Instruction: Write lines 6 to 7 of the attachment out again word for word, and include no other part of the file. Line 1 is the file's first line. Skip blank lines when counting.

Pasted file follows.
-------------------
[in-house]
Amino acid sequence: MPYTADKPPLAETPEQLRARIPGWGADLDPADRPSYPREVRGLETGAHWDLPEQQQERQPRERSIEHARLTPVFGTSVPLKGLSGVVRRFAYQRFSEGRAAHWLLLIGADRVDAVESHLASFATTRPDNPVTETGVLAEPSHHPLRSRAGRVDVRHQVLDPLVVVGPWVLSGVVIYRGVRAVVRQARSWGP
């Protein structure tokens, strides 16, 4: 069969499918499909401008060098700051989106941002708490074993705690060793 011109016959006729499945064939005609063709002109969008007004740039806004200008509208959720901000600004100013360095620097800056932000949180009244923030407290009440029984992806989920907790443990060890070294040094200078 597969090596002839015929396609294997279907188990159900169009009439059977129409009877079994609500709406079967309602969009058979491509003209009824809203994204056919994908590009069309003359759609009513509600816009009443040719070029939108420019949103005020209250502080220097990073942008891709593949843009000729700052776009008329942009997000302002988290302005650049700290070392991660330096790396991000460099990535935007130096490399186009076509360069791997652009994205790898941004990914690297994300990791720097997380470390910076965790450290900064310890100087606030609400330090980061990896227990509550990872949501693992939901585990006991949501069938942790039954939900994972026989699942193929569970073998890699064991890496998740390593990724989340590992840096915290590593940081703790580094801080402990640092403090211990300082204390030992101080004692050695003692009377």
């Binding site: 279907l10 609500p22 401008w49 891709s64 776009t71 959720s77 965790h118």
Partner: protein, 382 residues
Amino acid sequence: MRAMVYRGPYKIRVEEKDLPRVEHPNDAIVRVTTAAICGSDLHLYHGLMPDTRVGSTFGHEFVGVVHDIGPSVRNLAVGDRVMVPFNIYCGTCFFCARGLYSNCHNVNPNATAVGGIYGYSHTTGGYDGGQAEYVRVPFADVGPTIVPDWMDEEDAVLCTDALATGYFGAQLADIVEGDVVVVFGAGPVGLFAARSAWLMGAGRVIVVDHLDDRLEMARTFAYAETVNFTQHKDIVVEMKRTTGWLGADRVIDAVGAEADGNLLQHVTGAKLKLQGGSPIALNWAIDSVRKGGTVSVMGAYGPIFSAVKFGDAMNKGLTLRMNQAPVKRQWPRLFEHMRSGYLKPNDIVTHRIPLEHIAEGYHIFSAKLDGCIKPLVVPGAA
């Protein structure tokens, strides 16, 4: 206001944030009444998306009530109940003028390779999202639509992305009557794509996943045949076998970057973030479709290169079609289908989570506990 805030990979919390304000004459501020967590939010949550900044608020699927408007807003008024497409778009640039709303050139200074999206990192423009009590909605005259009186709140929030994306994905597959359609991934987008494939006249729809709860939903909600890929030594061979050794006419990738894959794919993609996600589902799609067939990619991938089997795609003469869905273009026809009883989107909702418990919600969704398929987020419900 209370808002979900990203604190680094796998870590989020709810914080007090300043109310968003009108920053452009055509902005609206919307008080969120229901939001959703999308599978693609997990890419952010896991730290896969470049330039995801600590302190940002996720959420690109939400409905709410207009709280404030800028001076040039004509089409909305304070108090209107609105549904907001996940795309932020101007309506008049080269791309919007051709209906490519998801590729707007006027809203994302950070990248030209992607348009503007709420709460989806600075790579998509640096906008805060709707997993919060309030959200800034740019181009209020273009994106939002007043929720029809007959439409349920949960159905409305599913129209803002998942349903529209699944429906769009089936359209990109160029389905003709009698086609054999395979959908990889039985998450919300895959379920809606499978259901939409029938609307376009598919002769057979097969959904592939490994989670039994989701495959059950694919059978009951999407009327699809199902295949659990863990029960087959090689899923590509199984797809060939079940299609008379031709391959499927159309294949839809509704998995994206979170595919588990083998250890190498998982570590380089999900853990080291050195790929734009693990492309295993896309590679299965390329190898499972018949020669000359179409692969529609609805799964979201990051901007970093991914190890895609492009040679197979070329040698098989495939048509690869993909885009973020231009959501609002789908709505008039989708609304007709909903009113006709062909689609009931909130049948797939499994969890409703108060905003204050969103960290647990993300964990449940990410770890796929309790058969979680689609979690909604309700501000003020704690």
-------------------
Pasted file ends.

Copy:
Amino acid sequence: MRAMVYRGPYKIRVEEKDLPRVEHPNDAIVRVTTAAICGSDLHLYHGLMPDTRVGSTFGHEFVGVVHDIGPSVRNLAVGDRVMVPFNIYCGTCFFCARGLYSNCHNVNPNATAVGGIYGYSHTTGGYDGGQAEYVRVPFADVGPTIVPDWMDEEDAVLCTDALATGYFGAQLADIVEGDVVVVFGAGPVGLFAARSAWLMGAGRVIVVDHLDDRLEMARTFAYAETVNFTQHKDIVVEMKRTTGWLGADRVIDAVGAEADGNLLQHVTGAKLKLQGGSPIALNWAIDSVRKGGTVSVMGAYGPIFSAVKFGDAMNKGLTLRMNQAPVKRQWPRLFEHMRSGYLKPNDIVTHRIPLEHIAEGYHIFSAKLDGCIKPLVVPGAA
């Protein structure tokens, strides 16, 4: 206001944030009444998306009530109940003028390779999202639509992305009557794509996943045949076998970057973030479709290169079609289908989570506990 805030990979919390304000004459501020967590939010949550900044608020699927408007807003008024497409778009640039709303050139200074999206990192423009009590909605005259009186709140929030994306994905597959359609991934987008494939006249729809709860939903909600890929030594061979050794006419990738894959794919993609996600589902799609067939990619991938089997795609003469869905273009026809009883989107909702418990919600969704398929987020419900 209370808002979900990203604190680094796998870590989020709810914080007090300043109310968003009108920053452009055509902005609206919307008080969120229901939001959703999308599978693609997990890419952010896991730290896969470049330039995801600590302190940002996720959420690109939400409905709410207009709280404030800028001076040039004509089409909305304070108090209107609105549904907001996940795309932020101007309506008049080269791309919007051709209906490519998801590729707007006027809203994302950070990248030209992607348009503007709420709460989806600075790579998509640096906008805060709707997993919060309030959200800034740019181009209020273009994106939002007043929720029809007959439409349920949960159905409305599913129209803002998942349903529209699944429906769009089936359209990109160029389905003709009698086609054999395979959908990889039985998450919300895959379920809606499978259901939409029938609307376009598919002769057979097969959904592939490994989670039994989701495959059950694919059978009951999407009327699809199902295949659990863990029960087959090689899923590509199984797809060939079940299609008379031709391959499927159309294949839809509704998995994206979170595919588990083998250890190498998982570590380089999900853990080291050195790929734009693990492309295993896309590679299965390329190898499972018949020669000359179409692969529609609805799964979201990051901007970093991914190890895609492009040679197979070329040698098989495939048509690869993909885009973020231009959501609002789908709505008039989708609304007709909903009113006709062909689609009931909130049948797939499994969890409703108060905003204050969103960290647990993300964990449940990410770890796929309790058969979680689609979690909604309700501000003020704690």